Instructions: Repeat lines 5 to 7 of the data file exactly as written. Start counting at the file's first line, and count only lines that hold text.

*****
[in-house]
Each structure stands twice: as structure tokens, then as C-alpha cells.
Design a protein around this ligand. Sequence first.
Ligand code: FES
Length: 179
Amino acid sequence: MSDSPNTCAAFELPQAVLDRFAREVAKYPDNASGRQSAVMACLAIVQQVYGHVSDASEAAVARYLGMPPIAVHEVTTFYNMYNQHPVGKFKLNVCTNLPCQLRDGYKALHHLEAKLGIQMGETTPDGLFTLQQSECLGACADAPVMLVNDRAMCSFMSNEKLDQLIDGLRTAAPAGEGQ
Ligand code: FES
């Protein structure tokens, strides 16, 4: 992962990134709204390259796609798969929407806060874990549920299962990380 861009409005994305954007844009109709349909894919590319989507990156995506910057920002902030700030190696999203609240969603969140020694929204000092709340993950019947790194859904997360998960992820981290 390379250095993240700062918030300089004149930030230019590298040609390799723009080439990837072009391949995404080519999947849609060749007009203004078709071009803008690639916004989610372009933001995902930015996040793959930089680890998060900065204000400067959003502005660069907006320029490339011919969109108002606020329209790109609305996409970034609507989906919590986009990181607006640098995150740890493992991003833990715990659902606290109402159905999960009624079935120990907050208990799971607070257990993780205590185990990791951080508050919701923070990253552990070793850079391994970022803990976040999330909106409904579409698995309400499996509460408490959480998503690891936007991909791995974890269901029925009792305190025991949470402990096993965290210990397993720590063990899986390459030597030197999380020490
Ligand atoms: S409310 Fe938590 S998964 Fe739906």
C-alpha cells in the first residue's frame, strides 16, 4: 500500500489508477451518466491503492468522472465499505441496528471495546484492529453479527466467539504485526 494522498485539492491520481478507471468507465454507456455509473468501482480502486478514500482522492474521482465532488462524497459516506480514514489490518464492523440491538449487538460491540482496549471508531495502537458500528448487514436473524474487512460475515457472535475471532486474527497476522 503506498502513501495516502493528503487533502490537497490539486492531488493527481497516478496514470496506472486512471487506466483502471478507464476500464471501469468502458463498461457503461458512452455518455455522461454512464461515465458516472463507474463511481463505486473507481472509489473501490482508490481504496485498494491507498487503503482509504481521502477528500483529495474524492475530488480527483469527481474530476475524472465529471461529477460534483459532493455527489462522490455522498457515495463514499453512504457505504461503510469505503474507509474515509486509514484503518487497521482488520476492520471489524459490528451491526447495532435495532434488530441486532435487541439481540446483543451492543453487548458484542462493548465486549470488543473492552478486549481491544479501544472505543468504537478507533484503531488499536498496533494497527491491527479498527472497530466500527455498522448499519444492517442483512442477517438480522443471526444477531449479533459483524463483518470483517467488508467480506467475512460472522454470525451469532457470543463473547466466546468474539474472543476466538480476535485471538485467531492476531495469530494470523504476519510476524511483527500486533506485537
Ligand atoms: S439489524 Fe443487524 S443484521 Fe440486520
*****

Length: 179
Amino acid sequence: MSDSPNTCAAFELPQAVLDRFAREVAKYPDNASGRQSAVMACLAIVQQVYGHVSDASEAAVARYLGMPPIAVHEVTTFYNMYNQHPVGKFKLNVCTNLPCQLRDGYKALHHLEAKLGIQMGETTPDGLFTLQQSECLGACADAPVMLVNDRAMCSFMSNEKLDQLIDGLRTAAPAGEGQ
Ligand code: FES